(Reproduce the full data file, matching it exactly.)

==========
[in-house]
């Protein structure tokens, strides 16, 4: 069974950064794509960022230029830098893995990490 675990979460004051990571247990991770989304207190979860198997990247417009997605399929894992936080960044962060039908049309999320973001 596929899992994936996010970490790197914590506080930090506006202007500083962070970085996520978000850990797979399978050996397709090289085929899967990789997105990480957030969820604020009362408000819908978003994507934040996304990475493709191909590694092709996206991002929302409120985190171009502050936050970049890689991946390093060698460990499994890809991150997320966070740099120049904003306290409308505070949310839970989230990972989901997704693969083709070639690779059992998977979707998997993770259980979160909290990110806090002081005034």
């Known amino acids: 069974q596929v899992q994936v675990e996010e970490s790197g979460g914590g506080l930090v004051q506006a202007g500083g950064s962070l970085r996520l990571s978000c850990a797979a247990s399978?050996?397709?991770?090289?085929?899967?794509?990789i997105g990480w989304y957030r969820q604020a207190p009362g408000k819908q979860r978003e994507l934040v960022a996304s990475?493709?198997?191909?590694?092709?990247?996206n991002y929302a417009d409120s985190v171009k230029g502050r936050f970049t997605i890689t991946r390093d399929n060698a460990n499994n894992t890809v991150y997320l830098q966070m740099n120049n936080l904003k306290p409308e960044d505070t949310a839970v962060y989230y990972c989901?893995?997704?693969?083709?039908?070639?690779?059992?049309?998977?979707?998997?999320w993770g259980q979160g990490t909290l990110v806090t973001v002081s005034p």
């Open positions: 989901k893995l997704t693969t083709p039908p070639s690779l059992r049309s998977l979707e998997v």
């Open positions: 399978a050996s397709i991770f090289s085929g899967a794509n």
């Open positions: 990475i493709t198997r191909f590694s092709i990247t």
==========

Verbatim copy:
[in-house]
């Protein structure tokens, strides 16, 4: 069974950064794509960022230029830098893995990490 675990979460004051990571247990991770989304207190979860198997990247417009997605399929894992936080960044962060039908049309999320973001 596929899992994936996010970490790197914590506080930090506006202007500083962070970085996520978000850990797979399978050996397709090289085929899967990789997105990480957030969820604020009362408000819908978003994507934040996304990475493709191909590694092709996206991002929302409120985190171009502050936050970049890689991946390093060698460990499994890809991150997320966070740099120049904003306290409308505070949310839970989230990972989901997704693969083709070639690779059992998977979707998997993770259980979160909290990110806090002081005034």
């Known amino acids: 069974q596929v899992q994936v675990e996010e970490s790197g979460g914590g506080l930090v004051q506006a202007g500083g950064s962070l970085r996520l990571s978000c850990a797979a247990s399978?050996?397709?991770?090289?085929?899967?794509?990789i997105g990480w989304y957030r969820q604020a207190p009362g408000k819908q979860r978003e994507l934040v960022a996304s990475?493709?198997?191909?590694?092709?990247?996206n991002y929302a417009d409120s985190v171009k230029g502050r936050f970049t997605i890689t991946r390093d399929n060698a460990n499994n894992t890809v991150y997320l830098q966070m740099n120049n936080l904003k306290p409308e960044d505070t949310a839970v962060y989230y990972c989901?893995?997704?693969?083709?039908?070639?690779?059992?049309?998977?979707?998997?999320w993770g259980q979160g990490t909290l990110v806090t973001v002081s005034p």
């Open positions: 989901k893995l997704t693969t083709p039908p070639s690779l059992r049309s998977l979707e998997v």
């Open positions: 399978a050996s397709i991770f090289s085929g899967a794509n």
């Open positions: 990475i493709t198997r191909f590694s092709i990247t």